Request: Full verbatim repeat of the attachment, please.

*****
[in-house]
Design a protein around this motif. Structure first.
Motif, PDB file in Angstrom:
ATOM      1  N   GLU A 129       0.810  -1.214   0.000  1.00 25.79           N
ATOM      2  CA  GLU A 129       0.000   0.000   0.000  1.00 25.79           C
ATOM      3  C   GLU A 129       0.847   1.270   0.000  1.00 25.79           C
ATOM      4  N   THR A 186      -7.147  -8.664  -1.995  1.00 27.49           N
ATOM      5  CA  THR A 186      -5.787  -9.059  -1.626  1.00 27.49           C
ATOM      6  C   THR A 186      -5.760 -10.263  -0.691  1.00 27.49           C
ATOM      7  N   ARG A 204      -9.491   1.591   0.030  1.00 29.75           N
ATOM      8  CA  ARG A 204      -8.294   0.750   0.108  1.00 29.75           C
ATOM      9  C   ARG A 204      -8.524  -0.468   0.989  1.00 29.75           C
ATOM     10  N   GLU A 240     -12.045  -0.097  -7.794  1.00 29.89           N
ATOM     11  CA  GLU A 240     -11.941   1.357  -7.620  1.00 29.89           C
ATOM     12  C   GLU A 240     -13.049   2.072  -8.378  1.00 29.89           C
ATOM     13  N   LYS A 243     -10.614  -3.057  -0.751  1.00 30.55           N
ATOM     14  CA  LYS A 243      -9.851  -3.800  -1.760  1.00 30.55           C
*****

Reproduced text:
[in-house]
Design a protein around this motif. Structure first.
Motif, PDB file in Angstrom:
ATOM      1  N   GLU A 129       0.810  -1.214   0.000  1.00 25.79           N
ATOM      2  CA  GLU A 129       0.000   0.000   0.000  1.00 25.79           C
ATOM      3  C   GLU A 129       0.847   1.270   0.000  1.00 25.79           C
ATOM      4  N   THR A 186      -7.147  -8.664  -1.995  1.00 27.49           N
ATOM      5  CA  THR A 186      -5.787  -9.059  -1.626  1.00 27.49           C
ATOM      6  C   THR A 186      -5.760 -10.263  -0.691  1.00 27.49           C
ATOM      7  N   ARG A 204      -9.491   1.591   0.030  1.00 29.75           N
ATOM      8  CA  ARG A 204      -8.294   0.750   0.108  1.00 29.75           C
ATOM      9  C   ARG A 204      -8.524  -0.468   0.989  1.00 29.75           C
ATOM     10  N   GLU A 240     -12.045  -0.097  -7.794  1.00 29.89           N
ATOM     11  CA  GLU A 240     -11.941   1.357  -7.620  1.00 29.89           C
ATOM     12  C   GLU A 240     -13.049   2.072  -8.378  1.00 29.89           C
ATOM     13  N   LYS A 243     -10.614  -3.057  -0.751  1.00 30.55           N
ATOM     14  CA  LYS A 243      -9.851  -3.800  -1.760  1.00 30.55           C